London 1887 and a young girl, Valentine Grey, arrives in England. She's been brought up in the remote and sunny climes of India and finds being forced into corsets and skirts in damp and cold country insufferable. The only bright spot: her exciting cousin, Reggie. Reggie, and his lover Frank seek out the adventure the clandestine bars and streets of London offer and are happy to include Valentine in their secret, showing her theatre, gardens - even teaching her how to ride a bicycle. And then comes the Boer War and Reggie's father volunteers him; the empire must be defended. But it won't be Reggie who dons the Volunteer Regiment's garb. Valentine takes her chance, puts on her cousin's uniform, leaving Reggie behind and heads off to war. And for a long while it's glorious and liberating for both of the cousins, but war is not glorious and in Victorian London homosexuality is not liberating ...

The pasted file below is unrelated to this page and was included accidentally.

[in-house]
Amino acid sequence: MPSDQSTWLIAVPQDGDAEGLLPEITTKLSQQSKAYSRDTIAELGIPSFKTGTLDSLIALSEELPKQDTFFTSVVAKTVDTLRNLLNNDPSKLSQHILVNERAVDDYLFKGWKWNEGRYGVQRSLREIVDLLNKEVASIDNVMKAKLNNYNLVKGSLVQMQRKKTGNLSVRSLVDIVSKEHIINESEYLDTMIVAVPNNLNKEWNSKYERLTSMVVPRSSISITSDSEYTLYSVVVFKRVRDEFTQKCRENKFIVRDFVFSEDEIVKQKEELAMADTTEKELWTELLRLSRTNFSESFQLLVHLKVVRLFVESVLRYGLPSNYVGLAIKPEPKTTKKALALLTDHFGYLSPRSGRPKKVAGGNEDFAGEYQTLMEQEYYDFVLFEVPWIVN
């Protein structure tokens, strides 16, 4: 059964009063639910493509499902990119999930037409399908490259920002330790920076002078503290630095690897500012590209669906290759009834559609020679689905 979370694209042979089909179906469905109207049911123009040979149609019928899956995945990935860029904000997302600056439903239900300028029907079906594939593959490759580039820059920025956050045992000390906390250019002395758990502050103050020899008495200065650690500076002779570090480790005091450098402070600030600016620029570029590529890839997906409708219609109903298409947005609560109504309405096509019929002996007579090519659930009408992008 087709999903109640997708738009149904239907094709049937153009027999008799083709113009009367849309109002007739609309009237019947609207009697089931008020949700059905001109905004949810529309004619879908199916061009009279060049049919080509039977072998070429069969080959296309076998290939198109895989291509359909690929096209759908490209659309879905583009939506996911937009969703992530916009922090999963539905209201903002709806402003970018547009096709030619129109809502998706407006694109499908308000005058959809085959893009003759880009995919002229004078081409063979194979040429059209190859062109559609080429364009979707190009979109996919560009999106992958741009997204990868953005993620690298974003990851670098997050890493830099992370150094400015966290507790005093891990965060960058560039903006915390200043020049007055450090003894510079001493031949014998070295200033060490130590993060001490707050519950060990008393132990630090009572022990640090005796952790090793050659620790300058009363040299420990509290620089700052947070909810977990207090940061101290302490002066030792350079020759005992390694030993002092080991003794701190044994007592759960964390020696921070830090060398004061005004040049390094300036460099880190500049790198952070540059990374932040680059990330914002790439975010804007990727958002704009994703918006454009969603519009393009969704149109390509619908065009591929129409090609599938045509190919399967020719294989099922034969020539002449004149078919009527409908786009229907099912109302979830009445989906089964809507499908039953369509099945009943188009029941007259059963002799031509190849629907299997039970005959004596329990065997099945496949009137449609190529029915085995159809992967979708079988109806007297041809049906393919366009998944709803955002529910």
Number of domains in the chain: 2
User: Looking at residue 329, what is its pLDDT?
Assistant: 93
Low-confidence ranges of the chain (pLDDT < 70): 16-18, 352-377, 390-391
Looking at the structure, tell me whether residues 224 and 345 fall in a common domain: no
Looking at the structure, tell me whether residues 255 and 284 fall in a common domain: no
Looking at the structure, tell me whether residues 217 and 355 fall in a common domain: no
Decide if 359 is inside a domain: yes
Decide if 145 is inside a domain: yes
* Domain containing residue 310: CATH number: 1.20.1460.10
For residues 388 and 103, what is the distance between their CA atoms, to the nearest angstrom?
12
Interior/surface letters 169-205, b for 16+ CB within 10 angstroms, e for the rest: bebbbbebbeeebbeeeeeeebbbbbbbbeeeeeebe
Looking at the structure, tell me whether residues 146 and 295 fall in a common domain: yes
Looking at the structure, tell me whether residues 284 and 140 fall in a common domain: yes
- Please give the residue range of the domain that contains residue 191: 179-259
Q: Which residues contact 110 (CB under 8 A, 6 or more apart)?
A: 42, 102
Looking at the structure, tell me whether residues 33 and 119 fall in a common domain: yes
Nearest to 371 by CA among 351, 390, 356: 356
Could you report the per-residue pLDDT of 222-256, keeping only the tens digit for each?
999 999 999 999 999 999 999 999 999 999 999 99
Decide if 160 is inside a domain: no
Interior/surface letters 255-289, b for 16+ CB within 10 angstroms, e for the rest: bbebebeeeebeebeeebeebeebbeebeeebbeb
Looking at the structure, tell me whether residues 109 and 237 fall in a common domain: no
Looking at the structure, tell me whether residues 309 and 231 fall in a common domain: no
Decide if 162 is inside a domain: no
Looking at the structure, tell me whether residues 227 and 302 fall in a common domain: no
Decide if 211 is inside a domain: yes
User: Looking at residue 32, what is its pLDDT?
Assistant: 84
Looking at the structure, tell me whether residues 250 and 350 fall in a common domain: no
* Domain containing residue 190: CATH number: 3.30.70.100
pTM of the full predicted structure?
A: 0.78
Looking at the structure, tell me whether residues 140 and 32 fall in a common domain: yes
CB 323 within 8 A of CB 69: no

From one of the nation's best-loved people comes a quite wonderful novel about gender, liberty, empire and injustice.
After leaving Cambridge, Sandi Toksvig went into theatre as a writer and performer and was a founder member of the Comedy Store Players. Well known for her television and radio work as a presenter, writer and actor, she has written books for children and adults. She has also written plays and her film, The Man, starring Stephen Fry and Zoe Wannamaker will be broadcast on Sky Arts in spring 2012. She will be on tour with Valentine, a one-woman show for six weeks at the time of publication of Valentine Grey.